Islam and Jerusalem: A city without sacred value at Arafat’s behest

Over the last few days the media’s insistence to any palatable sign that something in these parts can heat up and explode into a bloodbath has been disconcerting.

It’s a passion that has led to exalting any protest, any small episode in which Israeli or American flags or leaders’ portraits are burned as an indication that an imminent revolution is about to engulf the entire world.

The reality, however, is that the number of Palestinians who showed up to protest, apart from those on Friday morning near the Al-Asqa Mosque, have been quite limited, people want to live and work and for now their angry leaders seem out of touch with the sentiment of their people, with their propaganda of incurable outrage and proverbial offenses. But the magical name Yerushalayim, Jerusalem, “Al Quds”, always accompanied by the tireless rhetoric that the city is “sacred to the three religions” has become a passe-partout that guarantees readers and listeners, especially when things “heat up” as they repeat.

And why do they heat up? Even here, the reading seems obvious, but in reality it has little to do with what the reader imagines. It is continually repeated that the city is sacred to the three great monotheistic religions of Judaism, Christianity and Islam. However, this wouldn’t suffice without lighting a political fuse.

Why? Well the reason is plainly political and it lies in the fact that Islam, as Recip Tayyip Erdogan incessantly repeats, can’t accept, bear, or even admit, that Jerusalem doesn’t belong to Muslims. The protesters reiterate this by shouting “we will sacrifice our blood and souls for you Jerusalem”, the slogan that the Al-Aqsa Mosque is in danger is a mantra dear to suicide terrorists who run to save it even if the status quo is assured, and the Mosques out of any danger.

The Dome on the Rock and the Mosque of Al Aqsa are entrusted to the Jerusalem Islamic Waqf, which is controlled by the Jordanian government and the Palestinian Authority. Moreover, Jerusalem is never mentioned in the Qur’an, and even if it undoubtedly holds political significance for the Islam bent on conquest, it’s not as important to religious Islam. That is, until it became political.

The Arab conquest in 638 left its mark on what had been the Jewish capital for 1,000 years, which was conquered by the Romans in 70 A.D., and later managed by the Byzantines. But the city, despite its construction 60 years after the Mosque of Omar, wasn’t a well-tended or glorified city. Neither the Ottomans nor the Jordanians made it a capital; on the contrary, and even under the Ottoman Empire from 1517 up to the British conquest in 1917, it remained a poor, peripheral, and neglected city.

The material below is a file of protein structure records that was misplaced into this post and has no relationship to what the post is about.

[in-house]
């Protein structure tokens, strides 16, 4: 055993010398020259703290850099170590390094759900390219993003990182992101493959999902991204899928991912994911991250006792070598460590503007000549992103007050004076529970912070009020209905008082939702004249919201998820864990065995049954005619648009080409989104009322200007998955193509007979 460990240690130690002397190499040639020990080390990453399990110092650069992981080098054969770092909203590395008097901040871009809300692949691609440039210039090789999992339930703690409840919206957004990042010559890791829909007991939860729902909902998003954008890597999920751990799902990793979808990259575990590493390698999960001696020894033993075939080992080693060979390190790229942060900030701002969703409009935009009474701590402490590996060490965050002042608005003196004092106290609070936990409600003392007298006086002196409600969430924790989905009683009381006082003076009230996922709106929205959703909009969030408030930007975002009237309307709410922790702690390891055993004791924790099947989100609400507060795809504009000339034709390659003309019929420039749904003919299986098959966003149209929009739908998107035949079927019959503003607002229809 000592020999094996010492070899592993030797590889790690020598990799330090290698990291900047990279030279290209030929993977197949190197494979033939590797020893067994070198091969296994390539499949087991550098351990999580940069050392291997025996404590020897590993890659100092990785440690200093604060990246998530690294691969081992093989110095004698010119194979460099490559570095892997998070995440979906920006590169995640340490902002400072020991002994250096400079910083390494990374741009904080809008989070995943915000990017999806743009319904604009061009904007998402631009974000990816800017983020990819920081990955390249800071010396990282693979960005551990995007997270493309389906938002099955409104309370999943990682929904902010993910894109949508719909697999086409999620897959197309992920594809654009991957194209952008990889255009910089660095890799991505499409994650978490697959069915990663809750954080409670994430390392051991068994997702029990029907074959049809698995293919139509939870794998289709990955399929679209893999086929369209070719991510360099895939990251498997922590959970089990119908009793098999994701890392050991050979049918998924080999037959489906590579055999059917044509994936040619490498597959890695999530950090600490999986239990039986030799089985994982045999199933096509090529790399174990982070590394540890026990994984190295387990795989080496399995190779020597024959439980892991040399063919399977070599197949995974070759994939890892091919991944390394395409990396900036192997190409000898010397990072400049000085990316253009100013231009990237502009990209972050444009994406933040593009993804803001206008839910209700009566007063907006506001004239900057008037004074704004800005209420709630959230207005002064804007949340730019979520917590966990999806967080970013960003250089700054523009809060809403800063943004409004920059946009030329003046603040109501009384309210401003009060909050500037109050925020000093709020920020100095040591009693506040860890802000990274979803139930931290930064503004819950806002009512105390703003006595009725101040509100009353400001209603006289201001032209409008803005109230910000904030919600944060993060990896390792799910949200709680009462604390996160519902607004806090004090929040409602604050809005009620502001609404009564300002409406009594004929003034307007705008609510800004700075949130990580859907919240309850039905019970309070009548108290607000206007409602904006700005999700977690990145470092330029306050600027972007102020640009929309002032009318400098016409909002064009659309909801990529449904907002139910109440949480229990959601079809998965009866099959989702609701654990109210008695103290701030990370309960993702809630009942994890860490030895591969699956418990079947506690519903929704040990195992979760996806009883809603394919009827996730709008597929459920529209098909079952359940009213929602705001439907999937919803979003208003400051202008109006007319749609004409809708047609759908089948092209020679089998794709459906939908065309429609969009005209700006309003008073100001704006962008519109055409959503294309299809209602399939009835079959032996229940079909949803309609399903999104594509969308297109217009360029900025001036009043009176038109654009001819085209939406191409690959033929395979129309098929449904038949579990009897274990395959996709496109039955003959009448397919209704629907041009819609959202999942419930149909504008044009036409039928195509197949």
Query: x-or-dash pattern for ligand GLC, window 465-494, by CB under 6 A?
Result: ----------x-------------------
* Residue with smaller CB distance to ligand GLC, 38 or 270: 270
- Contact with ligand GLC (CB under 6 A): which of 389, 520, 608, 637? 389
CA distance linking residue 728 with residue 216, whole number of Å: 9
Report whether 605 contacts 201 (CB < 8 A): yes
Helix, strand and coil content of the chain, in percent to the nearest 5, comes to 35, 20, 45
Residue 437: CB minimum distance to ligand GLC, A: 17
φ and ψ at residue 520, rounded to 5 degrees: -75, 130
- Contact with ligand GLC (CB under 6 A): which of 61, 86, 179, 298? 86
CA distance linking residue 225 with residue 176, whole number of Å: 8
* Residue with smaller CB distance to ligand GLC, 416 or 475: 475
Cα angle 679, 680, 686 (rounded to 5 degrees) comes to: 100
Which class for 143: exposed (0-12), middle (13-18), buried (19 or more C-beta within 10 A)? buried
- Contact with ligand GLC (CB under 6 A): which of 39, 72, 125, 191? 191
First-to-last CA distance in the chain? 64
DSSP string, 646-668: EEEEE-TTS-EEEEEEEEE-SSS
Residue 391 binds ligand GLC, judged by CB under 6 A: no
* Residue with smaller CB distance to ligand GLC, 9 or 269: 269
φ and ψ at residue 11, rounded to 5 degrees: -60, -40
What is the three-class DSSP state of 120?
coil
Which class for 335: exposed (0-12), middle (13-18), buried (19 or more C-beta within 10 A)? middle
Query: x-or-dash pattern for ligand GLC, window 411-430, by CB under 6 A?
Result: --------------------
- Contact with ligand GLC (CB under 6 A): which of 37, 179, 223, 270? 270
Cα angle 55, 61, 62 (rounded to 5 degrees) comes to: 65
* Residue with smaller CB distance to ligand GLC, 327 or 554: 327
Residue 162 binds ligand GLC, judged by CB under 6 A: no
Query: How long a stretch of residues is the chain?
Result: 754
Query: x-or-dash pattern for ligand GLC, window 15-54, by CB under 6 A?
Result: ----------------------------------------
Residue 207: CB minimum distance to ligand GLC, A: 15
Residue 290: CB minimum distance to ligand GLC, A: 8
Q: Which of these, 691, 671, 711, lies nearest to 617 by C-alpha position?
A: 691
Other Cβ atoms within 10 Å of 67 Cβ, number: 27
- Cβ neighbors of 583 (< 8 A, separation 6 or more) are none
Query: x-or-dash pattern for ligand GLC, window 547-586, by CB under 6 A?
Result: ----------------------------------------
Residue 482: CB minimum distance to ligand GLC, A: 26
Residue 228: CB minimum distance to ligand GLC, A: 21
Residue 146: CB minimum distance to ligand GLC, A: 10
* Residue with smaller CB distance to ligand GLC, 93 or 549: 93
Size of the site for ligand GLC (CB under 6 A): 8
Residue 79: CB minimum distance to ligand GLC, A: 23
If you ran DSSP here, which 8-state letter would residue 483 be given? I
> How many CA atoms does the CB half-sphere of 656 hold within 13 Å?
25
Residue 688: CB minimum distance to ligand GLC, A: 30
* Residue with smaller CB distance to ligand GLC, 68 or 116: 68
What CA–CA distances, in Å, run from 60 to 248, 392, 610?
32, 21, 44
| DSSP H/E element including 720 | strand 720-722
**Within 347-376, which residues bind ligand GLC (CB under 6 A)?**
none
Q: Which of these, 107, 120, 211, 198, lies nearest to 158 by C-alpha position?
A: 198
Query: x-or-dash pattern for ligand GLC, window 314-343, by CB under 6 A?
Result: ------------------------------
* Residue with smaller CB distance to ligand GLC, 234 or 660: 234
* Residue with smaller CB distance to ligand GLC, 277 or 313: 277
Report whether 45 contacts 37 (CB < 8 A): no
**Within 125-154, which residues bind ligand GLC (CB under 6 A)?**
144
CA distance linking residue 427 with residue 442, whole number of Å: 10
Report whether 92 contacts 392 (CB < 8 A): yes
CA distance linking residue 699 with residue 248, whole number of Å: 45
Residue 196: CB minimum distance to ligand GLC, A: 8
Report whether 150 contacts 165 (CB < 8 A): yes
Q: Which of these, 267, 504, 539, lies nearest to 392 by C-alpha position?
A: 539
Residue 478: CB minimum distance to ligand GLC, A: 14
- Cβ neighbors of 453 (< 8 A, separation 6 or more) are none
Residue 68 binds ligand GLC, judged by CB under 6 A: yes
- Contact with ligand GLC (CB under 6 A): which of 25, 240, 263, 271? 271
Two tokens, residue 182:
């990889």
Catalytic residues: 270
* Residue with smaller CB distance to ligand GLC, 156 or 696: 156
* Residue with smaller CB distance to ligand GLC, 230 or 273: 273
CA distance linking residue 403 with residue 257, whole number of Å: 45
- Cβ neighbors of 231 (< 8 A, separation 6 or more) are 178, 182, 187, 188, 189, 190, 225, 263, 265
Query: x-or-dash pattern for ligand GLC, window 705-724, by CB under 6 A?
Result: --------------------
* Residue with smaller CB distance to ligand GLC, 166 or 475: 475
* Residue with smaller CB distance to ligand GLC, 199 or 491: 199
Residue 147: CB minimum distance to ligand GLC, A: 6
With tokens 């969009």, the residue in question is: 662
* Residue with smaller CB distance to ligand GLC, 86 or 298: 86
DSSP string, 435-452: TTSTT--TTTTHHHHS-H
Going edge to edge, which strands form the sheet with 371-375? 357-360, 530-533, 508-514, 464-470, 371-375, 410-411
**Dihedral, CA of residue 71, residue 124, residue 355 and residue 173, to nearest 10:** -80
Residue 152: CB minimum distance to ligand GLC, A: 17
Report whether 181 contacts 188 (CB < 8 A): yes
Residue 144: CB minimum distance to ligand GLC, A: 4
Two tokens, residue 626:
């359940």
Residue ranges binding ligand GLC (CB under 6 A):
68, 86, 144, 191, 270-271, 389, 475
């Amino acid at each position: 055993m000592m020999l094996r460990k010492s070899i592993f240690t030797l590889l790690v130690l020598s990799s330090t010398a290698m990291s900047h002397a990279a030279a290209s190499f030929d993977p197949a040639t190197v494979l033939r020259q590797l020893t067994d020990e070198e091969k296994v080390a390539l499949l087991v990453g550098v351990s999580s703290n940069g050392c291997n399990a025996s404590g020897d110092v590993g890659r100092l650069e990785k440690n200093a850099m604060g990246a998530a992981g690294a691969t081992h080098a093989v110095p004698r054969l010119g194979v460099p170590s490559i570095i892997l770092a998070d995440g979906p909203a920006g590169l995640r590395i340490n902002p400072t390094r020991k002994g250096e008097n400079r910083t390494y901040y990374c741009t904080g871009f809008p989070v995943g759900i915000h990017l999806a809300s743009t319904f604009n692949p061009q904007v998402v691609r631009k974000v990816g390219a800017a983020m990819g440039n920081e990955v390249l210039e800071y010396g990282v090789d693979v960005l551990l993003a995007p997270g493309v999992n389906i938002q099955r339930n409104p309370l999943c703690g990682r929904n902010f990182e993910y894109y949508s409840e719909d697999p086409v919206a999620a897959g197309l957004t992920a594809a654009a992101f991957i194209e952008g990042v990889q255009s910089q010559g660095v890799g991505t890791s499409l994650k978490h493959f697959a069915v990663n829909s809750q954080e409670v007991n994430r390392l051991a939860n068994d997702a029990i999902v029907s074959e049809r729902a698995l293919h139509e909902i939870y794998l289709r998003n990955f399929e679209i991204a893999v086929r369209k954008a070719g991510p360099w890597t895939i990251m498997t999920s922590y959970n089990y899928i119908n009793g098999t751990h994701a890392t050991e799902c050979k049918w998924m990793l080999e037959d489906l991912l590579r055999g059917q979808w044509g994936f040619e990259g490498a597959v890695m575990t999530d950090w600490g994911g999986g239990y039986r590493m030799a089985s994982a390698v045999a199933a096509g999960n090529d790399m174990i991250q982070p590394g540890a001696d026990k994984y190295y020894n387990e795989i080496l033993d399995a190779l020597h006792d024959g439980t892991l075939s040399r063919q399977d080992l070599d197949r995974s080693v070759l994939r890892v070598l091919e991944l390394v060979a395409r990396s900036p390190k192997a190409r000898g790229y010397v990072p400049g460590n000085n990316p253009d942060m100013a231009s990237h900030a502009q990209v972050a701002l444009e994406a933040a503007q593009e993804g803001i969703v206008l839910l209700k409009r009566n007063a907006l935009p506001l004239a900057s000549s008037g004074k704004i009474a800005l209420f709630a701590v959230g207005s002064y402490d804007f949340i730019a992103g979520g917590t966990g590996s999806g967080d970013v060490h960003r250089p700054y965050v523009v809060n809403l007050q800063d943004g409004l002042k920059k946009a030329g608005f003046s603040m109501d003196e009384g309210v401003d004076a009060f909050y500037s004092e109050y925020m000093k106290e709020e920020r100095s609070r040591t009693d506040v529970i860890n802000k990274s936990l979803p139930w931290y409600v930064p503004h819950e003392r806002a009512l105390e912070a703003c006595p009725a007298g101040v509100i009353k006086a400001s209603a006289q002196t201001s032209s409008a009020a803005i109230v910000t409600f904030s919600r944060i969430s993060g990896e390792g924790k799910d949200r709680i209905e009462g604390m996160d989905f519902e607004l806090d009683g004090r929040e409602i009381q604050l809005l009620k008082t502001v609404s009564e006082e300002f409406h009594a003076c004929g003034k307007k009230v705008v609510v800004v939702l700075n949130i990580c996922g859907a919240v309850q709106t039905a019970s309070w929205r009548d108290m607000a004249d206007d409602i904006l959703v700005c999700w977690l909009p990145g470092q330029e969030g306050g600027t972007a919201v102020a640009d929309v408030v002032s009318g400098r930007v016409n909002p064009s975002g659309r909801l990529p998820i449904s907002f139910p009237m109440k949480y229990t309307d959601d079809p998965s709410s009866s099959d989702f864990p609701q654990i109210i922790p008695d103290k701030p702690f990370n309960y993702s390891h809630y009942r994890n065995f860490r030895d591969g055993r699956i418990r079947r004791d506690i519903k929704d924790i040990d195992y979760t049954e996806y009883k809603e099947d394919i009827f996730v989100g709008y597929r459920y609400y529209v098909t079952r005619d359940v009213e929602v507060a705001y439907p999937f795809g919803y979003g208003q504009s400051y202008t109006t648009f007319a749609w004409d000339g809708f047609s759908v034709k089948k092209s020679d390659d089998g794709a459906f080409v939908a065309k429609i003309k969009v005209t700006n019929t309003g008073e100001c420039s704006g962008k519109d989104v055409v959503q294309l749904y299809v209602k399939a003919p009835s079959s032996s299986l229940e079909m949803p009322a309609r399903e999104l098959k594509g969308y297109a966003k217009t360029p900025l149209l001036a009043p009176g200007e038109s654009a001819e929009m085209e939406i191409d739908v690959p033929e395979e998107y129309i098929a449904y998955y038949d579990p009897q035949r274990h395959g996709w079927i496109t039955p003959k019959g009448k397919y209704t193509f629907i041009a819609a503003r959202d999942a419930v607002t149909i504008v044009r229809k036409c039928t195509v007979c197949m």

During the period of the Second Temple, the city had 200,000 inhabitants, when the Turks were there it dropped to 10,000. Jews, generally mistreated along with Christians if not in the very first period under Omar, clung to their holy city, which is cited in the Bible more than 600 times, and despite persecution. In fact, by the mid-19th century, the majority of Jerusalem’s residents were Jews. Jerusalem signifies for the Jews what Mecca and Medina, the two holiest cities in Islam, represent for Muslims.

The philosopher Ibn Taymiya, who lived at the beginning of the 1300s, claimed that the Muslims had to purify Islam of accretions and impieties and he dismissed the sacredness of Jerusalem as a notion deriving from Jews, a “judaization of Islam” which should be rejected. The decision to build the Mosque of Omar on a site that was sacred to an other religion to substitute it, writes the scholar Harold Rhode, as is commonplace throughout Islamic history.

In fact, it has been rebuilt on top of conquered holy sites and it is said that a mosque was placed at the southern side of the Temple Mount so that Muslims could turn toward Mecca while praying.

Some claim that the sanctity of the city for Muslims derives from Prophet Mohammed’s night journey to heaven from Mecca to Jerusalem on the back of the winged horse Al Buraq, which contrasts, writes Rhode, with others who maintain that the city isn’t Jerusalem.

In 680, the Damascus-based Umayyad caliph decided to build the Dome of the Rock in Jerusalem, at Temple Mount, and encouraged pilgrimages to the site in a political effort to challenge the sanctity of Mecca and Medina, and exalt his own power in Jerusalem.

But Jerusalem remained in the background until all Arab countries, including Jordan who had occupied in 1948 half the city, waged the Six Day War against Israel in June 1967. Following its victory, Israel immediately unified the city. From that moment onwards, Arab disillusionment increased and the Arab world began to distance itself from nationalist and progressive leadership (like Gamal Nasser, the great loser), and along with it, came its outright rejection of Israel, which is emphasized through religious themes.

Ever since then the Palestinian leadership has expanded upon the latter, which later came to be defined around the figure of Arafat, who not only like the Umayyad Caliph used the suggestive and religious power of Jerusalem to gain political consensus, but also called upon the Arab world to help the Palestinians to “free the Mosque” in order to further their own cause.

Arafat began to invoke martyrdom for Jerusalem; he made this city the great Islamic banner in which the Muslim world can all agree upon while opposing Israel and the West. Following closely behind was the communist world, the Third World and the anti-Israel European conformism and anti-Semitism.

This article originally appeared in slightly different form in Italian in Il Giornale (December 12, 2017)


About the Author
Fiamma Nirenstein is a journalist, author, former Deputy President of the Committee on Foreign Affairs of the Italian Chamber of Deputies, and member of the Italian delegation at the Council of Europe.